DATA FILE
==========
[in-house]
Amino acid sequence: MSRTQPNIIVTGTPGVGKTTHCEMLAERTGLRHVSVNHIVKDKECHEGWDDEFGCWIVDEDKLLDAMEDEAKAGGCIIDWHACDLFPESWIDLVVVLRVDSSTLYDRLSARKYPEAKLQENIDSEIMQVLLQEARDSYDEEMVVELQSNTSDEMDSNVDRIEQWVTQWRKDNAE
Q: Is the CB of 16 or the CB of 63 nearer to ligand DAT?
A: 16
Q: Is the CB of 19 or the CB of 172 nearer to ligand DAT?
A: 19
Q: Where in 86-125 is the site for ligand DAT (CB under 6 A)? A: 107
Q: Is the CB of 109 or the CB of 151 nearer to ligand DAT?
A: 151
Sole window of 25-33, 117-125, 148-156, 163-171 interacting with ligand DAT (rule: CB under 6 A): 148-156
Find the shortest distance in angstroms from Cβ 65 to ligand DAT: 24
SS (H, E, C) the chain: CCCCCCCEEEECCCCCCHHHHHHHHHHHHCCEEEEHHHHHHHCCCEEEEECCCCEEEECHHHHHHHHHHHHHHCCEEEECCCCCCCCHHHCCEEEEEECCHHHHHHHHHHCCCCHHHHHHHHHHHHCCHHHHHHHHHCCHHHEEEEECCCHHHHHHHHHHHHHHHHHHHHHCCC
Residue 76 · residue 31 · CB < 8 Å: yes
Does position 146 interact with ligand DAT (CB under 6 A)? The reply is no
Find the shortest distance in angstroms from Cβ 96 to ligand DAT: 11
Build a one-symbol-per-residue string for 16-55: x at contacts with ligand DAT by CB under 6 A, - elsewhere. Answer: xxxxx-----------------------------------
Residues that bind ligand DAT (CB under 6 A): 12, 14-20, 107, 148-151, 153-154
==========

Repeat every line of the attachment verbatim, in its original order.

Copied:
[in-house]
Amino acid sequence: MSRTQPNIIVTGTPGVGKTTHCEMLAERTGLRHVSVNHIVKDKECHEGWDDEFGCWIVDEDKLLDAMEDEAKAGGCIIDWHACDLFPESWIDLVVVLRVDSSTLYDRLSARKYPEAKLQENIDSEIMQVLLQEARDSYDEEMVVELQSNTSDEMDSNVDRIEQWVTQWRKDNAE
Q: Is the CB of 16 or the CB of 63 nearer to ligand DAT?
A: 16
Q: Is the CB of 19 or the CB of 172 nearer to ligand DAT?
A: 19
Q: Where in 86-125 is the site for ligand DAT (CB under 6 A)? A: 107
Q: Is the CB of 109 or the CB of 151 nearer to ligand DAT?
A: 151
Sole window of 25-33, 117-125, 148-156, 163-171 interacting with ligand DAT (rule: CB under 6 A): 148-156
Find the shortest distance in angstroms from Cβ 65 to ligand DAT: 24
SS (H, E, C) the chain: CCCCCCCEEEECCCCCCHHHHHHHHHHHHCCEEEEHHHHHHHCCCEEEEECCCCEEEECHHHHHHHHHHHHHHCCEEEECCCCCCCCHHHCCEEEEEECCHHHHHHHHHHCCCCHHHHHHHHHHHHCCHHHHHHHHHCCHHHEEEEECCCHHHHHHHHHHHHHHHHHHHHHCCC
Residue 76 · residue 31 · CB < 8 Å: yes
Does position 146 interact with ligand DAT (CB under 6 A)? The reply is no
Find the shortest distance in angstroms from Cβ 96 to ligand DAT: 11
Build a one-symbol-per-residue string for 16-55: x at contacts with ligand DAT by CB under 6 A, - elsewhere. Answer: xxxxx-----------------------------------
Residues that bind ligand DAT (CB under 6 A): 12, 14-20, 107, 148-151, 153-154